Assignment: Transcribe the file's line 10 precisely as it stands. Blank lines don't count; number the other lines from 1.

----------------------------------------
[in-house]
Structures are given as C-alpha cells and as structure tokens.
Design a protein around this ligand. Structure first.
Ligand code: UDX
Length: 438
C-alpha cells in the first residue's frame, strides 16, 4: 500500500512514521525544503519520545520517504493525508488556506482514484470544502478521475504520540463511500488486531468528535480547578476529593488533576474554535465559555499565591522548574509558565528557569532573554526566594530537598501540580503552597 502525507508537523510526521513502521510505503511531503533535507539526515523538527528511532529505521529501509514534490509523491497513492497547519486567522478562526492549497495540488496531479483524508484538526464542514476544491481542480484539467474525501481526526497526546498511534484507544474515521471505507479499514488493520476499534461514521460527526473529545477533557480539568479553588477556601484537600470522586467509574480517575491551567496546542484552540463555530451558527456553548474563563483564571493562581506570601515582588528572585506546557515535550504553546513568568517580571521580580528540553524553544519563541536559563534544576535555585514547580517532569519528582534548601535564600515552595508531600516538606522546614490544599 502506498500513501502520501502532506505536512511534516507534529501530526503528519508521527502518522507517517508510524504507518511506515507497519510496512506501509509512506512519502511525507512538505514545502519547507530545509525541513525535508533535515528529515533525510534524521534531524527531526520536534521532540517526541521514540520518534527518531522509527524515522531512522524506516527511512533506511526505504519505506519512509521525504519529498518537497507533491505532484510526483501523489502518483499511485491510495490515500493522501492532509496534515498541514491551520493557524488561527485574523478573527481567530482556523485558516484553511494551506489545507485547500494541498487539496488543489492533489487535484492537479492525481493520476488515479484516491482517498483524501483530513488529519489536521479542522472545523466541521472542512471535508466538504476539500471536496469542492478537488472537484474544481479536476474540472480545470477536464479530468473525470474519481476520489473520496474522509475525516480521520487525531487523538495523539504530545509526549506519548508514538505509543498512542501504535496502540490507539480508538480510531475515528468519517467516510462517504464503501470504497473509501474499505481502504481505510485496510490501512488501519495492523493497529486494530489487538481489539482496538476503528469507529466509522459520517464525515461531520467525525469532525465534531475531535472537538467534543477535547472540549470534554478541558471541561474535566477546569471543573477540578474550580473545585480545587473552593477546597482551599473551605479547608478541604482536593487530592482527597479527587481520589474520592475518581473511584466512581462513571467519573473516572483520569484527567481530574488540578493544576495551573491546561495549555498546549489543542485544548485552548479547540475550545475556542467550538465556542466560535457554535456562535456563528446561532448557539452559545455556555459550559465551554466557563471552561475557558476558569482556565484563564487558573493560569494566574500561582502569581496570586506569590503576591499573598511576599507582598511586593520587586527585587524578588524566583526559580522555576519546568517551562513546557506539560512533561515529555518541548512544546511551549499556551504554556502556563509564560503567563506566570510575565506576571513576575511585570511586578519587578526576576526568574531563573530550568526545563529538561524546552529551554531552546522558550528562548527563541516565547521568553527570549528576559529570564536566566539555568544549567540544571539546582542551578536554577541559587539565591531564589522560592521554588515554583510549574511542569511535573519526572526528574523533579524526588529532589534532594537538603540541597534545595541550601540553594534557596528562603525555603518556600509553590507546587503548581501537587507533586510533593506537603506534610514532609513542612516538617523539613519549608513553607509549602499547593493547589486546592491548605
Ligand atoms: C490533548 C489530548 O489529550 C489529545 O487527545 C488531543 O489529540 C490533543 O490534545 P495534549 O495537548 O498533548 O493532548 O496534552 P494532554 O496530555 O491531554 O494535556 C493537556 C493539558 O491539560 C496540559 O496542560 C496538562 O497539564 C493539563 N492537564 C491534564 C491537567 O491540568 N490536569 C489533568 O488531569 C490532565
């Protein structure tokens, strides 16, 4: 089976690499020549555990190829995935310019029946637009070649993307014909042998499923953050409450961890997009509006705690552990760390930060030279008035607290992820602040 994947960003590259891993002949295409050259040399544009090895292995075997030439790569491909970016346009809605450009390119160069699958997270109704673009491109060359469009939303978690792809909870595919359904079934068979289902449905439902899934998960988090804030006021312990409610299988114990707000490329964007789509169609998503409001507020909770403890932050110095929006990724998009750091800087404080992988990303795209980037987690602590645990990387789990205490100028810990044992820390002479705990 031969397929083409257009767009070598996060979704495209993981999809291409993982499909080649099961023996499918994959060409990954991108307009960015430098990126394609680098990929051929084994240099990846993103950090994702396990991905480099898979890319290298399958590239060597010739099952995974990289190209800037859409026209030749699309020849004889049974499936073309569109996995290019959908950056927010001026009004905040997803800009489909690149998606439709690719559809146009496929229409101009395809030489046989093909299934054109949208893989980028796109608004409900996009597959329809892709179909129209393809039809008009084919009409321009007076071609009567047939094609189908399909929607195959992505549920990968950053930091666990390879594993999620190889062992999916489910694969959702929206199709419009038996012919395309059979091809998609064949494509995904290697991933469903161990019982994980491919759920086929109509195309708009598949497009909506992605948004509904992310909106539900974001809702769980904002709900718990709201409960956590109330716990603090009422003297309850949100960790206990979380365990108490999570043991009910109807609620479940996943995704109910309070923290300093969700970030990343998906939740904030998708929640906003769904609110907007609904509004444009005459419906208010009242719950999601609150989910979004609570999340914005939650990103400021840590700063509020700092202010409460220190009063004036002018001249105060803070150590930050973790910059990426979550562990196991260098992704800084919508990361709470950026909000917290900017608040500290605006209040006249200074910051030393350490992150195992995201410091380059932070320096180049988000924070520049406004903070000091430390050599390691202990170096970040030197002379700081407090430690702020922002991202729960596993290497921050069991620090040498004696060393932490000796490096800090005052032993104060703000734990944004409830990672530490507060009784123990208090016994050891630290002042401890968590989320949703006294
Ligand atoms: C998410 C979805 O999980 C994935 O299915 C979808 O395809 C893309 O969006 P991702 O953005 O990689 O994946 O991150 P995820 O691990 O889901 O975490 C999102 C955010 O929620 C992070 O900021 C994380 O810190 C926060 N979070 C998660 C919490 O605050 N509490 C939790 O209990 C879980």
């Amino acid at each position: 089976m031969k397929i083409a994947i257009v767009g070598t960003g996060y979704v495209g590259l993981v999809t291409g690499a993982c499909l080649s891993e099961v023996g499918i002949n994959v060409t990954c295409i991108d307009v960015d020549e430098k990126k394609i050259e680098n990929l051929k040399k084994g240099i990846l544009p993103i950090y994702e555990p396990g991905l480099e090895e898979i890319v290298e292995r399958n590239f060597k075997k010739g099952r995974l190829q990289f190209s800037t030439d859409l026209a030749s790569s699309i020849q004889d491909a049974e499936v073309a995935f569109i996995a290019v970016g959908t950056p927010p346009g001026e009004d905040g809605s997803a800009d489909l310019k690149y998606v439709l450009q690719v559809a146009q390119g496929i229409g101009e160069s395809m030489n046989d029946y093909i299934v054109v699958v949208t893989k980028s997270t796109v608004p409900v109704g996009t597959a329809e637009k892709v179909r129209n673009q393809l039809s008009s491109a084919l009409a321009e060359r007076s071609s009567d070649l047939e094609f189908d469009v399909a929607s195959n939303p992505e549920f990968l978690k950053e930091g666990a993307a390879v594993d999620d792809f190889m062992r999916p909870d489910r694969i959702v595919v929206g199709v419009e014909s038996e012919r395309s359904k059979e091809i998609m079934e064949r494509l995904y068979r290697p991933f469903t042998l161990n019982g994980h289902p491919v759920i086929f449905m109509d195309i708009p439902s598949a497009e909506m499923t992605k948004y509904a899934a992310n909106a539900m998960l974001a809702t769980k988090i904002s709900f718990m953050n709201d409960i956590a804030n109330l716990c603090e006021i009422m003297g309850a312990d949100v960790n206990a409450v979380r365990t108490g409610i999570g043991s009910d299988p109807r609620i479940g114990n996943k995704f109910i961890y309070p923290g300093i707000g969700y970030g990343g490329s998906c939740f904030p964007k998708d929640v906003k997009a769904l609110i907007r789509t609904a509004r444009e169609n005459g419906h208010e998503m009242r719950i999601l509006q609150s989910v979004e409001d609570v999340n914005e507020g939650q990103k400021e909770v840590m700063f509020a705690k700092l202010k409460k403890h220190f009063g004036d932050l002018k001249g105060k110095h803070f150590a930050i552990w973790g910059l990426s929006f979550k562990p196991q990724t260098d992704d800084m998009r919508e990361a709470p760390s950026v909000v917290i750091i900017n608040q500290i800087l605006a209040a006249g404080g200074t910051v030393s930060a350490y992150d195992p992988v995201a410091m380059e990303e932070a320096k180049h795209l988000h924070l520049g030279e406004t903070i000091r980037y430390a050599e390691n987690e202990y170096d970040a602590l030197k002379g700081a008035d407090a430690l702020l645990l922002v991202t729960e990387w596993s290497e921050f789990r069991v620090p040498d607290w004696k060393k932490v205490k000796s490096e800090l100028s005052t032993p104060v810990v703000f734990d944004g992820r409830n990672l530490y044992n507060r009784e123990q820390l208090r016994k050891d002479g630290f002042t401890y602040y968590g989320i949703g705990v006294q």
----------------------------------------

């Amino acid at each position: 089976m031969k397929i083409a994947i257009v767009g070598t960003g996060y979704v495209g590259l993981v999809t291409g690499a993982c499909l080649s891993e099961v023996g499918i002949n994959v060409t990954c295409i991108d307009v960015d020549e430098k990126k394609i050259e680098n990929l051929k040399k084994g240099i990846l544009p993103i950090y994702e555990p396990g991905l480099e090895e898979i890319v290298e292995r399958n590239f060597k075997k010739g099952r995974l190829q990289f190209s800037t030439d859409l026209a030749s790569s699309i020849q004889d491909a049974e499936v073309a995935f569109i996995a290019v970016g959908t950056p927010p346009g001026e009004d905040g809605s997803a800009d489909l310019k690149y998606v439709l450009q690719v559809a146009q390119g496929i229409g101009e160069s395809m030489n046989d029946y093909i299934v054109v699958v949208t893989k980028s997270t796109v608004p409900v109704g996009t597959a329809e637009k892709v179909r129209n673009q393809l039809s008009s491109a084919l009409a321009e060359r007076s071609s009567d070649l047939e094609f189908d469009v399909a929607s195959n939303p992505e549920f990968l978690k950053e930091g666990a993307a390879v594993d999620d792809f190889m062992r999916p909870d489910r694969i959702v595919v929206g199709v419009e014909s038996e012919r395309s359904k059979e091809i998609m079934e064949r494509l995904y068979r290697p991933f469903t042998l161990n019982g994980h289902p491919v759920i086929f449905m109509d195309i708009p439902s598949a497009e909506m499923t992605k948004y509904a899934a992310n909106a539900m998960l974001a809702t769980k988090i904002s709900f718990m953050n709201d409960i956590a804030n109330l716990c603090e006021i009422m003297g309850a312990d949100v960790n206990a409450v979380r365990t108490g409610i999570g043991s009910d299988p109807r609620i479940g114990n996943k995704f109910i961890y309070p923290g300093i707000g969700y970030g990343g490329s998906c939740f904030p964007k998708d929640v906003k997009a769904l609110i907007r789509t609904a509004r444009e169609n005459g419906h208010e998503m009242r719950i999601l509006q609150s989910v979004e409001d609570v999340n914005e507020g939650q990103k400021e909770v840590m700063f509020a705690k700092l202010k409460k403890h220190f009063g004036d932050l002018k001249g105060k110095h803070f150590a930050i552990w973790g910059l990426s929006f979550k562990p196991q990724t260098d992704d800084m998009r919508e990361a709470p760390s950026v909000v917290i750091i900017n608040q500290i800087l605006a209040a006249g404080g200074t910051v030393s930060a350490y992150d195992p992988v995201a410091m380059e990303e932070a320096k180049h795209l988000h924070l520049g030279e406004t903070i000091r980037y430390a050599e390691n987690e202990y170096d970040a602590l030197k002379g700081a008035d407090a430690l702020l645990l922002v991202t729960e990387w596993s290497e921050f789990r069991v620090p040498d607290w004696k060393k932490v205490k000796s490096e800090l100028s005052t032993p104060v810990v703000f734990d944004g992820r409830n990672l530490y044992n507060r009784e123990q820390l208090r016994k050891d002479g630290f002042t401890y602040y968590g989320i949703g705990v006294q």